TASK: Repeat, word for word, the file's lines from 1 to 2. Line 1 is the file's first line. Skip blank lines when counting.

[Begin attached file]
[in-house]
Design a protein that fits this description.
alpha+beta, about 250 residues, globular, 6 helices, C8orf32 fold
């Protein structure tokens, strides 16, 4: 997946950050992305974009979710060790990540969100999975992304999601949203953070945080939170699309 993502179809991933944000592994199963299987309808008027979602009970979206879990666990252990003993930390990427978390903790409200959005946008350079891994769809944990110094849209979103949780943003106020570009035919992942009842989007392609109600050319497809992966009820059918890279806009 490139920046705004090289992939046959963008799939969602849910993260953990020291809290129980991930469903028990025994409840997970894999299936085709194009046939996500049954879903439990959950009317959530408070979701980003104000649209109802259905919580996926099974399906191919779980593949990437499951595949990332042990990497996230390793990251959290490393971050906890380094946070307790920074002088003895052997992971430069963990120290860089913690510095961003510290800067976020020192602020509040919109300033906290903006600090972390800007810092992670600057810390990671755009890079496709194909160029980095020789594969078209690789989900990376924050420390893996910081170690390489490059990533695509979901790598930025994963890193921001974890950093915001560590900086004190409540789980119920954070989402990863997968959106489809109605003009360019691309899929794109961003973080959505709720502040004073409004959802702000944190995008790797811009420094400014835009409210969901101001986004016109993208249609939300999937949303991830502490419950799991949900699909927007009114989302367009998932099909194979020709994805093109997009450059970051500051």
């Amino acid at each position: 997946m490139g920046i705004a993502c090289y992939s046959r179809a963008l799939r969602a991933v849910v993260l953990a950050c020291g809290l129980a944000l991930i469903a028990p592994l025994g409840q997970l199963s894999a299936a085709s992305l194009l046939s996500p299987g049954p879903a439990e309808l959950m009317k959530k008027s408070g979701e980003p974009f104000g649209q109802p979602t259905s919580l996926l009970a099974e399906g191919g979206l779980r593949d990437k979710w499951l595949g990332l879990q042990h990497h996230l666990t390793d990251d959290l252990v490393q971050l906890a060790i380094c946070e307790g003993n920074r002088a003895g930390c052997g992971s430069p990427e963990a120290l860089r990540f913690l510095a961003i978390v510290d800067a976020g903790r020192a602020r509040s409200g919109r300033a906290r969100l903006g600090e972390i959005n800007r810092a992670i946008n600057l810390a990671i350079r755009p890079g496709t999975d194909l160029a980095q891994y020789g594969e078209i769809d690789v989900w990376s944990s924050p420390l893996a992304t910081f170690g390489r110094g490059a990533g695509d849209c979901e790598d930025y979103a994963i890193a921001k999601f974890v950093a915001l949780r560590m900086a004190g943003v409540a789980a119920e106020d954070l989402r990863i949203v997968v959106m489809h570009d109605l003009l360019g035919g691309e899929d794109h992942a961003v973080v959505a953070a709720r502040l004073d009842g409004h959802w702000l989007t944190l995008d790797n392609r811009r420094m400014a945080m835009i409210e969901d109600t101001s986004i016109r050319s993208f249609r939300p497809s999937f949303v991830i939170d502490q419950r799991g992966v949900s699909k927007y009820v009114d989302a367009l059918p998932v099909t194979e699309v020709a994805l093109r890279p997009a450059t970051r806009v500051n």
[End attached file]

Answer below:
[in-house]
Design a protein that fits this description.